Imitation, Collaboration, and Their Interaction Among Western and Indigenous Australian Preschool Children

Mark Nielsen, Ilana Mushin, Keyan Tomaselli, Andrew Whiten

Research output: Contribution to journalArticlepeer-review

18 Citations (Scopus)

Abstract

This study explored how overimitation and collaboration interact in 3- to 6-year-old children in Westernized (N = 48 in Experiment 1; N = 26 in Experiment 2) and Indigenous Australian communities (N = 26 in Experiment 2). Whether working in pairs or on their own rates of overimitation did not differ. However, when the causal functions of modeled actions were unclear, the Indigenous Australian children collaborated at enhanced rates compared to the Western children. When the causal role of witnessed actions was identifiable, collaboration rates were correlated with production of causally unnecessary actions, but in the Indigenous Australian children only. This study highlights how children employ imitation and collaboration when acquiring new skills and how the latter can be influenced by task structure and cultural background.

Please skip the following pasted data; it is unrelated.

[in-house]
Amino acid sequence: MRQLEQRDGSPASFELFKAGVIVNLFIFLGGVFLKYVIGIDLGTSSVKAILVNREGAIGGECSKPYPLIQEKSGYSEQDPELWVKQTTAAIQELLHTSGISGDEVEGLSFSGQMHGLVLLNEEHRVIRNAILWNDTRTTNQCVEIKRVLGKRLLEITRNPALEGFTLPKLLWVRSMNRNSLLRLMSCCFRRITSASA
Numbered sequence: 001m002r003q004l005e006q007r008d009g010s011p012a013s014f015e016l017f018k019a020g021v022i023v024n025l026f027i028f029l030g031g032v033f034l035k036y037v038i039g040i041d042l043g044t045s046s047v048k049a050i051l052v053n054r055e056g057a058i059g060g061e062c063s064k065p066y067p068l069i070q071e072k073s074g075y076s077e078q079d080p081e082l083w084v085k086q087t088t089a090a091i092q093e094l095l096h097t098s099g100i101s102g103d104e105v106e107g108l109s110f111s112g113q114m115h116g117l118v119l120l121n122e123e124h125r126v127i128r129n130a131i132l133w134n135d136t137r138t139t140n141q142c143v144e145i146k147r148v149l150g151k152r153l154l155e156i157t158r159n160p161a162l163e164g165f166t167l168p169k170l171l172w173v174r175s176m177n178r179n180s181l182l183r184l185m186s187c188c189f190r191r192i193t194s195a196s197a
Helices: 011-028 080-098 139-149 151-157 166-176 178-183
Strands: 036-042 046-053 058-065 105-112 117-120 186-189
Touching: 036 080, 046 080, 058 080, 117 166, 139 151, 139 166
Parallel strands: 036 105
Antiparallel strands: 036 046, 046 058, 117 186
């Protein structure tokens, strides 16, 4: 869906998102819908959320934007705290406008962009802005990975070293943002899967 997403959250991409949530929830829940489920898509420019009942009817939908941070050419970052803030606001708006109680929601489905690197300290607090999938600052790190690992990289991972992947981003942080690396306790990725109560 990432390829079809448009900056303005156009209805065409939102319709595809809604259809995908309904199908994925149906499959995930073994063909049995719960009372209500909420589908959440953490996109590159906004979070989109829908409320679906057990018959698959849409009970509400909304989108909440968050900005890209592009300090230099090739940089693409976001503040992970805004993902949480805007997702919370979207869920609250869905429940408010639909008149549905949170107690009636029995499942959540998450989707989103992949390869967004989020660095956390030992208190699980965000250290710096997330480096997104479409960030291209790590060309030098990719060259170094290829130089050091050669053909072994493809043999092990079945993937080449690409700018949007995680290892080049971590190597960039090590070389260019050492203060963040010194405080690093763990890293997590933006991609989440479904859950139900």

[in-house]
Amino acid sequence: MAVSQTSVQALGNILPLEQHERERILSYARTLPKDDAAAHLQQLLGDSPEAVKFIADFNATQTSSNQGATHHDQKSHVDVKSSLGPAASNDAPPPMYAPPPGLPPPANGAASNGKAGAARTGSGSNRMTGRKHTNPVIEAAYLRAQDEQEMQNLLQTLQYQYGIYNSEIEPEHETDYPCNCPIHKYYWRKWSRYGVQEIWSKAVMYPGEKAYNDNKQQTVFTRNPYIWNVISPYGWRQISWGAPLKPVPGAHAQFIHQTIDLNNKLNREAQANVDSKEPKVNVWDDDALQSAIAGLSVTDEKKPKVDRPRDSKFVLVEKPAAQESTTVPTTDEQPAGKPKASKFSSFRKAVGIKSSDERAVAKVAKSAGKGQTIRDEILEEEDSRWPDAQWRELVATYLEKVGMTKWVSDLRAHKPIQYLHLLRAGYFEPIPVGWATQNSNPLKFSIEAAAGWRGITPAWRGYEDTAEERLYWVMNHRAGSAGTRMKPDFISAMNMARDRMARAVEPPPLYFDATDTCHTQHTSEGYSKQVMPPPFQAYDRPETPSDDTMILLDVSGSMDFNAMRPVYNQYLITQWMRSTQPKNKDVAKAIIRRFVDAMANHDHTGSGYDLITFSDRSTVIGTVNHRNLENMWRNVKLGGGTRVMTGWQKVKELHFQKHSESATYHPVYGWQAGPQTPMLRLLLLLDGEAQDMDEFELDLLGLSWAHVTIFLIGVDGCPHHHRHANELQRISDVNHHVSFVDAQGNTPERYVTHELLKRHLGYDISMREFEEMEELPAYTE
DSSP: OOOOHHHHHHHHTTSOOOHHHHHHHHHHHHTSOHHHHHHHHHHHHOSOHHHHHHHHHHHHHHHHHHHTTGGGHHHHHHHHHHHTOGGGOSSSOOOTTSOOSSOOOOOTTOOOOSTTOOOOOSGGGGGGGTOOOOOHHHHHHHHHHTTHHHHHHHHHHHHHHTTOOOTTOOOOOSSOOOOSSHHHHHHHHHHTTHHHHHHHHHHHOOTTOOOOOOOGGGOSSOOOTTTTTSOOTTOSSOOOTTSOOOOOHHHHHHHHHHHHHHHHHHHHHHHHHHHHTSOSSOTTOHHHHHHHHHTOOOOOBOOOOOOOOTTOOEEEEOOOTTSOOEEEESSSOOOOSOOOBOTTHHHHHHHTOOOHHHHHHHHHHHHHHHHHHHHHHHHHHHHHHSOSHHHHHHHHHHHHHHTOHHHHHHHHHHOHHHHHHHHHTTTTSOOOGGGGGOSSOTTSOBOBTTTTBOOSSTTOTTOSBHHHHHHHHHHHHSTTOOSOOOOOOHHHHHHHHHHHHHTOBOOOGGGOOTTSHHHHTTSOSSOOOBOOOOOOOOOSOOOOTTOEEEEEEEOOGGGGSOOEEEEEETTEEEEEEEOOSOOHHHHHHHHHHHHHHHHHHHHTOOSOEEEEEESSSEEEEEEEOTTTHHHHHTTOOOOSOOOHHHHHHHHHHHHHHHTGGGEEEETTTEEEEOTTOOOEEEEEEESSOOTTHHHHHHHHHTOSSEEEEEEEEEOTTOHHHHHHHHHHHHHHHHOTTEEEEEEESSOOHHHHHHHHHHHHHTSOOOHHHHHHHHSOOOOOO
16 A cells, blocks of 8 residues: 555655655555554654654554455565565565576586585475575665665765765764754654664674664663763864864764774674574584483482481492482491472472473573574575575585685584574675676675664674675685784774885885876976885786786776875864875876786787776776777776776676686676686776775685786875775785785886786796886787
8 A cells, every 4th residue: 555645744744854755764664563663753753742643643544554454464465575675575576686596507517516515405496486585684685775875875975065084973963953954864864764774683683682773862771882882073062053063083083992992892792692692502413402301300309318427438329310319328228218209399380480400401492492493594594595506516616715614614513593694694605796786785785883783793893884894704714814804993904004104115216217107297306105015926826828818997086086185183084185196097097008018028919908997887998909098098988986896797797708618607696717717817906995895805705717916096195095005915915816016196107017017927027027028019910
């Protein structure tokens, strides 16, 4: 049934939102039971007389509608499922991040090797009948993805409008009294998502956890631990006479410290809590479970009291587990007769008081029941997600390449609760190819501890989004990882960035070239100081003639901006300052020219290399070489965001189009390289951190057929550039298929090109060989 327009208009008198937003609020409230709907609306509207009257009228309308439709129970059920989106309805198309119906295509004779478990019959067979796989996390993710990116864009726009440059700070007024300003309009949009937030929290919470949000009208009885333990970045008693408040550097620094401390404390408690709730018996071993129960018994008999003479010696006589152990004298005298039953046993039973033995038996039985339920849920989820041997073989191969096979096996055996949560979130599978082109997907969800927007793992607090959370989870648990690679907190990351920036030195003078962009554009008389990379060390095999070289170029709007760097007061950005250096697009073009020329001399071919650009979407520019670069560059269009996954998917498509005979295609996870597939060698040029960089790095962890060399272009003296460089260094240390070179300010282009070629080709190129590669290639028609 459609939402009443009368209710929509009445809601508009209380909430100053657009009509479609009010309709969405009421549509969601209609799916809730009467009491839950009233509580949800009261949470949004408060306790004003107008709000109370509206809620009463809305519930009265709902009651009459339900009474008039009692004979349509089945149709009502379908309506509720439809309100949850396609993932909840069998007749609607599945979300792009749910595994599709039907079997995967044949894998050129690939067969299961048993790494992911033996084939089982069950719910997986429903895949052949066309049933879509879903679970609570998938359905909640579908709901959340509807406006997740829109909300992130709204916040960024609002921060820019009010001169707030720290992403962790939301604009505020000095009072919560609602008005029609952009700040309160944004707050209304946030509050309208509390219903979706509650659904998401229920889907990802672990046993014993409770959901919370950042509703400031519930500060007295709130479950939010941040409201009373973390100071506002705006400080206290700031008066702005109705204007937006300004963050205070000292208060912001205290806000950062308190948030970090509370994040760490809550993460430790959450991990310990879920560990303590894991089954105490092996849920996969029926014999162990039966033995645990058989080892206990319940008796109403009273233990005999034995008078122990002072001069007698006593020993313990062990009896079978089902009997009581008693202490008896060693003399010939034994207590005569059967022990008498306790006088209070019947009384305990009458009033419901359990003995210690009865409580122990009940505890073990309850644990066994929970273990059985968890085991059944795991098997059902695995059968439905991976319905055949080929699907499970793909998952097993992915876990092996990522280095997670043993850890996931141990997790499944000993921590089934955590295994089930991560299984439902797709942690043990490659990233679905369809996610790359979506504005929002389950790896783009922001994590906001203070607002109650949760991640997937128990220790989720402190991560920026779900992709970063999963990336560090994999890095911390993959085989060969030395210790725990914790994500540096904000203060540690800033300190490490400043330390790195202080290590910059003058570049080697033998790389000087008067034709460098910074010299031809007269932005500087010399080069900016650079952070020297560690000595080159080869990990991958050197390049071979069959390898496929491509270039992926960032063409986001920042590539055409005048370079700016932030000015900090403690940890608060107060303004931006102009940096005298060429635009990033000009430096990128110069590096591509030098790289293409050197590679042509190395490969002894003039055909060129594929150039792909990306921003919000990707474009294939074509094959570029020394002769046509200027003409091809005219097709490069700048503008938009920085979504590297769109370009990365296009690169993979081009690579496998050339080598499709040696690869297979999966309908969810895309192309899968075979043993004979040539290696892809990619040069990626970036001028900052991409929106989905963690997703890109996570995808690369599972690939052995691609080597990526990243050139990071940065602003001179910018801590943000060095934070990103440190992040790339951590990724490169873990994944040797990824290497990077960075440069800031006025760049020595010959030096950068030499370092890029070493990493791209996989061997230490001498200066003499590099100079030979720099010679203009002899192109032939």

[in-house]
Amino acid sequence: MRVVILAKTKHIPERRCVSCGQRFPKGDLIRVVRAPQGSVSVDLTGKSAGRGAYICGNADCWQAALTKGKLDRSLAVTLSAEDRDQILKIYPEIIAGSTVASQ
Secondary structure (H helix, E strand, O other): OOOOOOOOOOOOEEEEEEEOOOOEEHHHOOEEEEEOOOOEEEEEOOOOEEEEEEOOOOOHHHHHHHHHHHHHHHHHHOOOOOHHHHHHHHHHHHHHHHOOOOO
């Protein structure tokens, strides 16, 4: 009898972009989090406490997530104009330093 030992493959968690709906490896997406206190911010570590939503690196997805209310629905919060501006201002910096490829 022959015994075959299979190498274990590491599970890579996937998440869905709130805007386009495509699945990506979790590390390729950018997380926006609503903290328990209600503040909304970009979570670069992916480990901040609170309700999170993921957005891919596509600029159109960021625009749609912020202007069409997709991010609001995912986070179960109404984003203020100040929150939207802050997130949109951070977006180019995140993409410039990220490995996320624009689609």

Original languageEnglish
Pages (from-to)795-806
Number of pages12
JournalChild Development
Volume87
Issue number3
DOIs
Publication statusPublished - 1 May 2016

ASJC Scopus subject areas

  • Pediatrics, Perinatology and Child Health
  • Education
  • Developmental and Educational Psychology

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